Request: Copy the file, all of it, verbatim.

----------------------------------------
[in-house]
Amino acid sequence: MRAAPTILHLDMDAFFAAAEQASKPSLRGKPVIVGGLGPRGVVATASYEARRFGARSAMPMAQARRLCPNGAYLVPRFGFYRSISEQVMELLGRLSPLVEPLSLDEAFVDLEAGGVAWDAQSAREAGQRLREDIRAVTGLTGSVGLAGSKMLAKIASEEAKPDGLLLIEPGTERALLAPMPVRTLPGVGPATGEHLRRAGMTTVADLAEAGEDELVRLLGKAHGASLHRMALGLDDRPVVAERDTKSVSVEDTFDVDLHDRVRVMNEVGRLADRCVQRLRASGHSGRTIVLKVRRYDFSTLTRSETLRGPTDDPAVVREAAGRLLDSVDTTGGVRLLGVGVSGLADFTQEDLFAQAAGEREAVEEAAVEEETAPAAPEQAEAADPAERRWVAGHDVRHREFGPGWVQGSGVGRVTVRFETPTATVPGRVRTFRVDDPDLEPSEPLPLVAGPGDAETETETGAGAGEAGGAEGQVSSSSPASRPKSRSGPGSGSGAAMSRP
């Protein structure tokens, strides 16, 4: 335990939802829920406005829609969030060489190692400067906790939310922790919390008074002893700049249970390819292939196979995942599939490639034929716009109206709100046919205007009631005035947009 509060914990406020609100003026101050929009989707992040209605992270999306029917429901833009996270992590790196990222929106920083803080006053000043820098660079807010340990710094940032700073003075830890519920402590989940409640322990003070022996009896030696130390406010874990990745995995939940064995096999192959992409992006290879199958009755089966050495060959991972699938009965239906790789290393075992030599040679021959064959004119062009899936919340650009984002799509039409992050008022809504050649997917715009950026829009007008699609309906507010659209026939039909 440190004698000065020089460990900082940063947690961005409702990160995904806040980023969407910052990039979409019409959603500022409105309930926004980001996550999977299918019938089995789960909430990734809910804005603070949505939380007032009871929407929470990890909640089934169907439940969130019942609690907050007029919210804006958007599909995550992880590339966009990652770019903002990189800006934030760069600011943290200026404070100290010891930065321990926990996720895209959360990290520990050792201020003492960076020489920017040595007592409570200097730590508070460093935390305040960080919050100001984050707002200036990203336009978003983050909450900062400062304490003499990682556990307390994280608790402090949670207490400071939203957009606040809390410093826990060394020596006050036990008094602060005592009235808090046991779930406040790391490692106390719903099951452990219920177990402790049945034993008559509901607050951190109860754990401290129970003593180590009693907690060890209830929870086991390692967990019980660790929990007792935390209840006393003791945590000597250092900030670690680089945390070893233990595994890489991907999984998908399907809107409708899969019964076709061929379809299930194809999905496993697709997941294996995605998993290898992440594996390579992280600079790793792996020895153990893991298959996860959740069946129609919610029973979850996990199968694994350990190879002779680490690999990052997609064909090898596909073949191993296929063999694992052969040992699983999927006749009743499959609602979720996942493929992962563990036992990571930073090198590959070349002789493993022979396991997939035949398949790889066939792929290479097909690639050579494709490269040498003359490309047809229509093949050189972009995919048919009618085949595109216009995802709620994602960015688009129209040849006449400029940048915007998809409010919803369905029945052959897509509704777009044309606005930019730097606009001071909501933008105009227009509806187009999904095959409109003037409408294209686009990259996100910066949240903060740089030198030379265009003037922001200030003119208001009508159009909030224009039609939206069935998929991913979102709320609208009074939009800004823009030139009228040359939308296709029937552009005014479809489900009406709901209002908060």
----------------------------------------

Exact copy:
[in-house]
Amino acid sequence: MRAAPTILHLDMDAFFAAAEQASKPSLRGKPVIVGGLGPRGVVATASYEARRFGARSAMPMAQARRLCPNGAYLVPRFGFYRSISEQVMELLGRLSPLVEPLSLDEAFVDLEAGGVAWDAQSAREAGQRLREDIRAVTGLTGSVGLAGSKMLAKIASEEAKPDGLLLIEPGTERALLAPMPVRTLPGVGPATGEHLRRAGMTTVADLAEAGEDELVRLLGKAHGASLHRMALGLDDRPVVAERDTKSVSVEDTFDVDLHDRVRVMNEVGRLADRCVQRLRASGHSGRTIVLKVRRYDFSTLTRSETLRGPTDDPAVVREAAGRLLDSVDTTGGVRLLGVGVSGLADFTQEDLFAQAAGEREAVEEAAVEEETAPAAPEQAEAADPAERRWVAGHDVRHREFGPGWVQGSGVGRVTVRFETPTATVPGRVRTFRVDDPDLEPSEPLPLVAGPGDAETETETGAGAGEAGGAEGQVSSSSPASRPKSRSGPGSGSGAAMSRP
């Protein structure tokens, strides 16, 4: 335990939802829920406005829609969030060489190692400067906790939310922790919390008074002893700049249970390819292939196979995942599939490639034929716009109206709100046919205007009631005035947009 509060914990406020609100003026101050929009989707992040209605992270999306029917429901833009996270992590790196990222929106920083803080006053000043820098660079807010340990710094940032700073003075830890519920402590989940409640322990003070022996009896030696130390406010874990990745995995939940064995096999192959992409992006290879199958009755089966050495060959991972699938009965239906790789290393075992030599040679021959064959004119062009899936919340650009984002799509039409992050008022809504050649997917715009950026829009007008699609309906507010659209026939039909 440190004698000065020089460990900082940063947690961005409702990160995904806040980023969407910052990039979409019409959603500022409105309930926004980001996550999977299918019938089995789960909430990734809910804005603070949505939380007032009871929407929470990890909640089934169907439940969130019942609690907050007029919210804006958007599909995550992880590339966009990652770019903002990189800006934030760069600011943290200026404070100290010891930065321990926990996720895209959360990290520990050792201020003492960076020489920017040595007592409570200097730590508070460093935390305040960080919050100001984050707002200036990203336009978003983050909450900062400062304490003499990682556990307390994280608790402090949670207490400071939203957009606040809390410093826990060394020596006050036990008094602060005592009235808090046991779930406040790391490692106390719903099951452990219920177990402790049945034993008559509901607050951190109860754990401290129970003593180590009693907690060890209830929870086991390692967990019980660790929990007792935390209840006393003791945590000597250092900030670690680089945390070893233990595994890489991907999984998908399907809107409708899969019964076709061929379809299930194809999905496993697709997941294996995605998993290898992440594996390579992280600079790793792996020895153990893991298959996860959740069946129609919610029973979850996990199968694994350990190879002779680490690999990052997609064909090898596909073949191993296929063999694992052969040992699983999927006749009743499959609602979720996942493929992962563990036992990571930073090198590959070349002789493993022979396991997939035949398949790889066939792929290479097909690639050579494709490269040498003359490309047809229509093949050189972009995919048919009618085949595109216009995802709620994602960015688009129209040849006449400029940048915007998809409010919803369905029945052959897509509704777009044309606005930019730097606009001071909501933008105009227009509806187009999904095959409109003037409408294209686009990259996100910066949240903060740089030198030379265009003037922001200030003119208001009508159009909030224009039609939206069935998929991913979102709320609208009074939009800004823009030139009228040359939308296709029937552009005014479809489900009406709901209002908060």